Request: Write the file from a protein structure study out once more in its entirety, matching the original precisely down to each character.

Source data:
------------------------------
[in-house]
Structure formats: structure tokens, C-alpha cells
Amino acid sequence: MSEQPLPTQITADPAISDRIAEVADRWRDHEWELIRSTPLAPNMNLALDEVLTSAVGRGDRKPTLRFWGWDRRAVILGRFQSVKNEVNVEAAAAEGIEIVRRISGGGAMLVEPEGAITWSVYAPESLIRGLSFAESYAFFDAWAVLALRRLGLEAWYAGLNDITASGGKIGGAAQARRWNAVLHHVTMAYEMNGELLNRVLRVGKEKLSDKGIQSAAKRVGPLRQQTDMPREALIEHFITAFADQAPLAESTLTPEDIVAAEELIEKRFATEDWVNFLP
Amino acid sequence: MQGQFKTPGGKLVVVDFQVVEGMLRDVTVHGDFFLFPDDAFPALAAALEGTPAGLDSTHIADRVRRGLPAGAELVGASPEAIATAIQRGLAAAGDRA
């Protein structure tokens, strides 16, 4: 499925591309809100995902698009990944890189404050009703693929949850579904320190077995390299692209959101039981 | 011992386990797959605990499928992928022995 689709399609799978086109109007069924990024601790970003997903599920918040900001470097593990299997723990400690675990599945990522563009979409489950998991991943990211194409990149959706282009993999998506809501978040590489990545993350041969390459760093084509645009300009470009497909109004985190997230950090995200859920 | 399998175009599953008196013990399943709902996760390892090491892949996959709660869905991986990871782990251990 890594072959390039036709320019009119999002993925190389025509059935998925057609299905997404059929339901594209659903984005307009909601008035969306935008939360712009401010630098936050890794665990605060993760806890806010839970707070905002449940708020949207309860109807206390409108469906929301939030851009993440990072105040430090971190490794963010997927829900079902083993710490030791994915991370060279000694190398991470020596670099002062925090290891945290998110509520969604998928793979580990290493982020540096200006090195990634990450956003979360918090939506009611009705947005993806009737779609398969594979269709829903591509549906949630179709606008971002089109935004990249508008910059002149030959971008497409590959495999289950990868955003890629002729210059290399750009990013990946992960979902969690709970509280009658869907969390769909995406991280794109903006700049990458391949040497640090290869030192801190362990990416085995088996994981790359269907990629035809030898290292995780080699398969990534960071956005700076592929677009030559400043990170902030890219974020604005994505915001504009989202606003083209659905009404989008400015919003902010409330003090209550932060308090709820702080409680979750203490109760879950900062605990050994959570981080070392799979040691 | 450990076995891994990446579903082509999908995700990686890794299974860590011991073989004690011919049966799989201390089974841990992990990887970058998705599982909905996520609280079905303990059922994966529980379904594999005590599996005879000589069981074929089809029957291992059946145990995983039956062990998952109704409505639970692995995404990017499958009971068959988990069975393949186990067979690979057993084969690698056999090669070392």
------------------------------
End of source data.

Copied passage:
[in-house]
Structure formats: structure tokens, C-alpha cells
Amino acid sequence: MSEQPLPTQITADPAISDRIAEVADRWRDHEWELIRSTPLAPNMNLALDEVLTSAVGRGDRKPTLRFWGWDRRAVILGRFQSVKNEVNVEAAAAEGIEIVRRISGGGAMLVEPEGAITWSVYAPESLIRGLSFAESYAFFDAWAVLALRRLGLEAWYAGLNDITASGGKIGGAAQARRWNAVLHHVTMAYEMNGELLNRVLRVGKEKLSDKGIQSAAKRVGPLRQQTDMPREALIEHFITAFADQAPLAESTLTPEDIVAAEELIEKRFATEDWVNFLP
Amino acid sequence: MQGQFKTPGGKLVVVDFQVVEGMLRDVTVHGDFFLFPDDAFPALAAALEGTPAGLDSTHIADRVRRGLPAGAELVGASPEAIATAIQRGLAAAGDRA
């Protein structure tokens, strides 16, 4: 499925591309809100995902698009990944890189404050009703693929949850579904320190077995390299692209959101039981 | 011992386990797959605990499928992928022995 689709399609799978086109109007069924990024601790970003997903599920918040900001470097593990299997723990400690675990599945990522563009979409489950998991991943990211194409990149959706282009993999998506809501978040590489990545993350041969390459760093084509645009300009470009497909109004985190997230950090995200859920 | 399998175009599953008196013990399943709902996760390892090491892949996959709660869905991986990871782990251990 890594072959390039036709320019009119999002993925190389025509059935998925057609299905997404059929339901594209659903984005307009909601008035969306935008939360712009401010630098936050890794665990605060993760806890806010839970707070905002449940708020949207309860109807206390409108469906929301939030851009993440990072105040430090971190490794963010997927829900079902083993710490030791994915991370060279000694190398991470020596670099002062925090290891945290998110509520969604998928793979580990290493982020540096200006090195990634990450956003979360918090939506009611009705947005993806009737779609398969594979269709829903591509549906949630179709606008971002089109935004990249508008910059002149030959971008497409590959495999289950990868955003890629002729210059290399750009990013990946992960979902969690709970509280009658869907969390769909995406991280794109903006700049990458391949040497640090290869030192801190362990990416085995088996994981790359269907990629035809030898290292995780080699398969990534960071956005700076592929677009030559400043990170902030890219974020604005994505915001504009989202606003083209659905009404989008400015919003902010409330003090209550932060308090709820702080409680979750203490109760879950900062605990050994959570981080070392799979040691 | 450990076995891994990446579903082509999908995700990686890794299974860590011991073989004690011919049966799989201390089974841990992990990887970058998705599982909905996520609280079905303990059922994966529980379904594999005590599996005879000589069981074929089809029957291992059946145990995983039956062990998952109704409505639970692995995404990017499958009971068959988990069975393949186990067979690979057993084969690698056999090669070392």